Advantage Equine Agency Inc.
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Horse Mortality Questions
What is mortality insurance?
Your horse's value is based on the purchase price but can be increased by submitting show records, breeding records or other information requested, that can substantiate the increase.
How do I determine the value of my horse?
Horse Mortality is a policy that protects an insured against a specific financial loss when his/her horse dies, subject to certain exclusions. There are various endorsements available to add to the mortality policy to give your animal more protection.
What is "agreed value"?
"Agreed value" means that a horse's value will be agreed upon at the inception of the policy, not at the time of a claim. Most mortality policies are agreed value. This means that you will be asked to provide proof of value before coverage is issued. This proof can come in the form of a purchase price or other records that could justify the value (See: How do I determine the value of my horse?)
How long will it take to get coverage?
Coverage can be bound when all signed applications, vet exam (if needed) and premium are received by our office. 
What documents will I need to provide to get insurance?
You will need an application, a health statement or vet exam, and payment of the premium. If you are insuring your horse for more than the purchase price, you will need show or breeding records and other documents that substantiate the increase of value.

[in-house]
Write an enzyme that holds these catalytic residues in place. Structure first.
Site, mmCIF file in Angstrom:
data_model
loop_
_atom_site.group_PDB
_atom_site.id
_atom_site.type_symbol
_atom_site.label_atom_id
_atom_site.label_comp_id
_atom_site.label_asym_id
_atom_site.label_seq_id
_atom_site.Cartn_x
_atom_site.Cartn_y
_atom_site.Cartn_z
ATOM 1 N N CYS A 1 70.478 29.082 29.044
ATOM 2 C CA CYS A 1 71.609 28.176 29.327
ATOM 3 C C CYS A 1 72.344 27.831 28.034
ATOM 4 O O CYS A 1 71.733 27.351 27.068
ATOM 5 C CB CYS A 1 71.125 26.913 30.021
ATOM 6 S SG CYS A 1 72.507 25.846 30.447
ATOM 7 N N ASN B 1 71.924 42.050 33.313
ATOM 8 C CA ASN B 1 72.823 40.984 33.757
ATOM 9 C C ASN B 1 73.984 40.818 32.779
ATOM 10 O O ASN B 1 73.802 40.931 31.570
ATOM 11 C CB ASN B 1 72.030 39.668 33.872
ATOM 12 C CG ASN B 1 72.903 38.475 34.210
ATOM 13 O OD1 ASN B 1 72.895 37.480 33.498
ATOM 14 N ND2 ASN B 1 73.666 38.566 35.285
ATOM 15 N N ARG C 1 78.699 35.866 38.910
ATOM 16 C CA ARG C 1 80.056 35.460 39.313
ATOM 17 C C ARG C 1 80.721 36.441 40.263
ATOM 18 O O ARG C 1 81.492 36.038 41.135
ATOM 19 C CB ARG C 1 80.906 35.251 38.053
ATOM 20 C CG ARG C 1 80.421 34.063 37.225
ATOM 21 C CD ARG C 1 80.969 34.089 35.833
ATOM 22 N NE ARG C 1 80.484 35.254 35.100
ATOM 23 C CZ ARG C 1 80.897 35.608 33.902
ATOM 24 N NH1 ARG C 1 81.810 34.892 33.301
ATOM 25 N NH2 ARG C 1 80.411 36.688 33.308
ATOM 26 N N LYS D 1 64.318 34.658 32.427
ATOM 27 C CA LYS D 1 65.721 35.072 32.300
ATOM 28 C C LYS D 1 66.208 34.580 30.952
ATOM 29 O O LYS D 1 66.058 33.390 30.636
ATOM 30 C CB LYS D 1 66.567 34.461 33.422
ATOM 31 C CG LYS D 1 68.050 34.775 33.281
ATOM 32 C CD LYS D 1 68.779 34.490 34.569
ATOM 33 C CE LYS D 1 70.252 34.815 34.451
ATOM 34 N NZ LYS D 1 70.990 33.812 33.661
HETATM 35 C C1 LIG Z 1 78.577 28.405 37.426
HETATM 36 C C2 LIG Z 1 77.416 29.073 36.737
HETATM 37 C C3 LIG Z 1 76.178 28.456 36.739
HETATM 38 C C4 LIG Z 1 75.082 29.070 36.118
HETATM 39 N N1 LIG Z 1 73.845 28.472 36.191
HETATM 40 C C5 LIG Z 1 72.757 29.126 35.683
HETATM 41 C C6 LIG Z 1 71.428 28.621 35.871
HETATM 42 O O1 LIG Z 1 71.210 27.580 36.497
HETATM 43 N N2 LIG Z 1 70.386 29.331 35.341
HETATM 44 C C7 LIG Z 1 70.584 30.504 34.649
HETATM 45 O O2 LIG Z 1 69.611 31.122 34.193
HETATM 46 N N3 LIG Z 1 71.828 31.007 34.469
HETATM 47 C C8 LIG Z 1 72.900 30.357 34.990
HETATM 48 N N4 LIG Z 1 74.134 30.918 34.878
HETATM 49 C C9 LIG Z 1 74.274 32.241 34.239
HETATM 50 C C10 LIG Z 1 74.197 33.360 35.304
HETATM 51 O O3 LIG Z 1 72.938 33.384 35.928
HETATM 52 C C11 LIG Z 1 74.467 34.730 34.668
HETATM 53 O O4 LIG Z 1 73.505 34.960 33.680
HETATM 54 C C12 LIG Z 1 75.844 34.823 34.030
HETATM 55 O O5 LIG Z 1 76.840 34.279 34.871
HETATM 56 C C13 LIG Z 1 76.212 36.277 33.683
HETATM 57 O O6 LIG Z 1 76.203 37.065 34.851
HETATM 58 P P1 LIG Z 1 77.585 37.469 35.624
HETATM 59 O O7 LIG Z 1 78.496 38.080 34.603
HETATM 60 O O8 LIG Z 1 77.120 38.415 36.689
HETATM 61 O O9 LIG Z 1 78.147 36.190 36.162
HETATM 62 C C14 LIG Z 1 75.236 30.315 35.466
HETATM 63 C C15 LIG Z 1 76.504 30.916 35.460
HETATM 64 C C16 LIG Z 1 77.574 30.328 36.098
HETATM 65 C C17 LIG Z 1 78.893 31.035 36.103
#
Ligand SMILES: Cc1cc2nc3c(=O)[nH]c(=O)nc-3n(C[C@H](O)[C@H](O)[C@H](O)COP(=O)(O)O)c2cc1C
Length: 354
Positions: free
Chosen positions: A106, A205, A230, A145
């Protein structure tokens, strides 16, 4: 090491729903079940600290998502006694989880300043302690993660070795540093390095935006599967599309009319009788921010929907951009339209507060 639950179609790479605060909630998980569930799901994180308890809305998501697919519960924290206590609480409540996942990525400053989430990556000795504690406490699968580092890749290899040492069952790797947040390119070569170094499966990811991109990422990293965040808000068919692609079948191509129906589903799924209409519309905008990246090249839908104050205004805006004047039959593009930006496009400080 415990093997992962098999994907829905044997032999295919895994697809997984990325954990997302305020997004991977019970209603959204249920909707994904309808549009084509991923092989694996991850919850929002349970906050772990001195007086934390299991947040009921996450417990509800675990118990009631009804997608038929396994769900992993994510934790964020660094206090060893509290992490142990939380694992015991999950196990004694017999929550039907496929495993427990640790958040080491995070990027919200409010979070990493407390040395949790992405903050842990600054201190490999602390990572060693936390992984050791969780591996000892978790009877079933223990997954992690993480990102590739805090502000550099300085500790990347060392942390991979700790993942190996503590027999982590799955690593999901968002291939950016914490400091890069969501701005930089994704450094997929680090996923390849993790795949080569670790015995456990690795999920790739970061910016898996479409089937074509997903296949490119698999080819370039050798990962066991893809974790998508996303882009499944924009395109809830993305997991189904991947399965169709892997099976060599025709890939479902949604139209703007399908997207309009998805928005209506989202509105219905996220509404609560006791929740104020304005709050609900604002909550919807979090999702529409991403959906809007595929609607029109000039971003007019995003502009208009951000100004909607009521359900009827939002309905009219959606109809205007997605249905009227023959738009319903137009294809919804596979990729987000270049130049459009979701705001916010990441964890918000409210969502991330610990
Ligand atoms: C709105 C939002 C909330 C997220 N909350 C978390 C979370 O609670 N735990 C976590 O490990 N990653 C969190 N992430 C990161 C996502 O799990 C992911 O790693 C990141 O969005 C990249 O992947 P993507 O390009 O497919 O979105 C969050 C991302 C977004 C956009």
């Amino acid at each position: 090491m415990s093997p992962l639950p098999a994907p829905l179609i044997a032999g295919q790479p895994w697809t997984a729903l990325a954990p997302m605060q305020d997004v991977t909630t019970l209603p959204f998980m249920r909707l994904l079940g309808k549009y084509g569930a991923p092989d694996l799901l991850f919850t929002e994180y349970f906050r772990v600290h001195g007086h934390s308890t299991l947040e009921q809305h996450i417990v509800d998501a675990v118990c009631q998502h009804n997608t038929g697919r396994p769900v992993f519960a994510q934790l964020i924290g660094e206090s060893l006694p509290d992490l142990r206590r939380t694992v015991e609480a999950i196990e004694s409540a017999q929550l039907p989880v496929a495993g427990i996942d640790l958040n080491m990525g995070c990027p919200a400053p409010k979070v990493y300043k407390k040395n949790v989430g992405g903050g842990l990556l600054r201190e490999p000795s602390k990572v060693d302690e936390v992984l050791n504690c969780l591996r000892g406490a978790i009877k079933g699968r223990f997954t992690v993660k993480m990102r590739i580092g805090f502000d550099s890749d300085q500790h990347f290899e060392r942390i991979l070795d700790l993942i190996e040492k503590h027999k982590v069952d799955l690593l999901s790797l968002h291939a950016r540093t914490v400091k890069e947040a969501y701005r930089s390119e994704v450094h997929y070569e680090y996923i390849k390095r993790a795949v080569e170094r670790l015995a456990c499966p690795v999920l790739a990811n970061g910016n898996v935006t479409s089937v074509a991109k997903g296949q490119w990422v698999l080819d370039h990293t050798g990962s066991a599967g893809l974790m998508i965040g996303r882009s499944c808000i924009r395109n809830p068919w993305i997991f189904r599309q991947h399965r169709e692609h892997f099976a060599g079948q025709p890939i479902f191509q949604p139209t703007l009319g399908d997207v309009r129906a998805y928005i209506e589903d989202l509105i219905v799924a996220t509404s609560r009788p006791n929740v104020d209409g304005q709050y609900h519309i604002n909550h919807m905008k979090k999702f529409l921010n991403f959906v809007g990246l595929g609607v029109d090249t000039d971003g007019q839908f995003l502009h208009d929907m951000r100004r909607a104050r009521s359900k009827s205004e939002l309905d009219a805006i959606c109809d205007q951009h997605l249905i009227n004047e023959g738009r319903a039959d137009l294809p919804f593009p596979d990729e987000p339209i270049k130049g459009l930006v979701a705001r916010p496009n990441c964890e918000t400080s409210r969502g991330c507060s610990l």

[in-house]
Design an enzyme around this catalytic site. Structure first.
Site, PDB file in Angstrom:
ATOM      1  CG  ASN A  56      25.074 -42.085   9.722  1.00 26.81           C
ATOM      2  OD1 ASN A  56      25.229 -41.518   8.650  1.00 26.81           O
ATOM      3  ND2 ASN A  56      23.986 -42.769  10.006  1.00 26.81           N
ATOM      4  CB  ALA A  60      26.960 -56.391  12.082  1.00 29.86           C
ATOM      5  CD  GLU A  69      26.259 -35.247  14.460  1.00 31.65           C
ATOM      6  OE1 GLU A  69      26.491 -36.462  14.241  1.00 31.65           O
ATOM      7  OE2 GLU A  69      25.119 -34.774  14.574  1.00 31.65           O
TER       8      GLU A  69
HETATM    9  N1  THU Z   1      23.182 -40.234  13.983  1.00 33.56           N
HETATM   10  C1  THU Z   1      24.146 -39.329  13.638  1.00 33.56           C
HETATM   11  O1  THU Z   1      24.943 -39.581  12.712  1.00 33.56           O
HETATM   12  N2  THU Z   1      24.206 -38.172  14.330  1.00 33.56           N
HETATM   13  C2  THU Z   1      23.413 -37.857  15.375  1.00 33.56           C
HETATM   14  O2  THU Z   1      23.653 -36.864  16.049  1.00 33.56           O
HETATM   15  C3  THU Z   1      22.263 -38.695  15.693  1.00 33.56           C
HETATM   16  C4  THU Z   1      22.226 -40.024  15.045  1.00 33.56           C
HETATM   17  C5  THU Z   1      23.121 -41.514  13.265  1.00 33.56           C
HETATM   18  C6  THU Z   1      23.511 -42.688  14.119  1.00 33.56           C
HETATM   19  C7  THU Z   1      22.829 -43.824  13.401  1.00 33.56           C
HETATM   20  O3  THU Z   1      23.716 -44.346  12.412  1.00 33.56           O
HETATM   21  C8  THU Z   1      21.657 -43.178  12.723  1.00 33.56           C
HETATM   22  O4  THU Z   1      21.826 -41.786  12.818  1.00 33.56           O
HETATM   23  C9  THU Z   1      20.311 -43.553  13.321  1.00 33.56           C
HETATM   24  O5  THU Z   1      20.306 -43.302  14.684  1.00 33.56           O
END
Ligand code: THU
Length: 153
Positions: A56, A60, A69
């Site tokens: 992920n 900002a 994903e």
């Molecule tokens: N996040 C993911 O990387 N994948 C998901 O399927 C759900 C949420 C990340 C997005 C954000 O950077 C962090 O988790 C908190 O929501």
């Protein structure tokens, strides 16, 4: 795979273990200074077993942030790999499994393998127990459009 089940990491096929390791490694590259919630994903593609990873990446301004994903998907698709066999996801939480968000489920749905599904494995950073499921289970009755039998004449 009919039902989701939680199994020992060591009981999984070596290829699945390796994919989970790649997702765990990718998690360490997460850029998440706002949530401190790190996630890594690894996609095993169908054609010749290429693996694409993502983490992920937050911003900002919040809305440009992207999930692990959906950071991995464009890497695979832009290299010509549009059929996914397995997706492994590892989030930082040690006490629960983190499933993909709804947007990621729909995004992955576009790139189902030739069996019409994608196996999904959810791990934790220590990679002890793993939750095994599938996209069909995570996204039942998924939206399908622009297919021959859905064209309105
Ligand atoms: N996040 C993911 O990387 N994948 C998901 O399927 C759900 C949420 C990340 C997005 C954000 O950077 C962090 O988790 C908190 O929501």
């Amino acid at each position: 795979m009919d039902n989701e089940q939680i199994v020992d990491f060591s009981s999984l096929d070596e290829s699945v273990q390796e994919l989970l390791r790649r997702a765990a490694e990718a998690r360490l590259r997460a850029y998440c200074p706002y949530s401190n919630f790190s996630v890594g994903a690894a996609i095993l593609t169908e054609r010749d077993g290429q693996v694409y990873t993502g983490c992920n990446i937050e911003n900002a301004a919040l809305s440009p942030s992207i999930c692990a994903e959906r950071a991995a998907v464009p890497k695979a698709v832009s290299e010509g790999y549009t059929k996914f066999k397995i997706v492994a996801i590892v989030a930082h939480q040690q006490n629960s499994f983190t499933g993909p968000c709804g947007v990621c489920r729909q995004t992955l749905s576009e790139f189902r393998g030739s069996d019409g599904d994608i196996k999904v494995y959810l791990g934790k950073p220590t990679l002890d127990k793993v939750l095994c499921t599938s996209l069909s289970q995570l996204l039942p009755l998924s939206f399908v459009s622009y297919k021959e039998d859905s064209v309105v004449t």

When do I need a vet exam? Will I need one at renewal?
​This will depend on the company. A vet exam will be needed when the value of the horse exceeds at least $25,000 for some companies and $50,000 for others. Contact us for more details.

Vet exams are sometimes required at renewal, but not always. Below are a few examples of cases where a vet exam will be needed:
  • The horse had a claim or injury during the previous year.
  • The horse's value exceeds $25,000 or $50,000, depending on the individual insurance companies underwriting guidelines.
  • A Loss of Use endorsement is on the policy
  • The horse is over 16 year's old
What is "major medical"?
Major Medical is an endorsement that will extend to provide reimbursement for covered vet fees including surgical and major illnesses. The amount of major medical coverage you can purchase will depend on the value of the horse. Each company has specific terms, exclusions, and requirements for submitting claims. Contact us for more information. 
What is "surgical" coverage?
The Surgical endorsement provides reimbursement for reasonable, necessary and customary fees for surgical procedures. Each company has specific terms, exclusions, and requirements for submitting claims. Contact us for more information. 
What is "loss of use"?
Loss of Use is an endorsement to the mortality policy. There are many different types off Loss of Use endorsements that range from injury only to loss from injury, accident, illness and disease. The coverage provides protection of up to 60% of the value of the horse for permanent disability.
What is the difference between "limited mortality" and "full mortality"?
Limited or Specified Perils policies are intended to indemnify an insured for the death of a horse for perils such as fire, lightning, collision, wind and theft. Please refer to your policy for a definitive listing of all named perils.

Full Mortality provides not only the named perils in a Limited Mortality policy, but also adds extended perils that include accident, illness, injury or disease. Please refer to your policy for a definitive listing of all perils.

Contact us for more explanation about the difference and determine which choice is right for you.
Can I insure a foal?
Foals can be insured at 24 hours after birth, for Mortality only. You may add Surgical or Major Medical once the foal reaches 6 months of age. Rates are higher for foals and yearlings.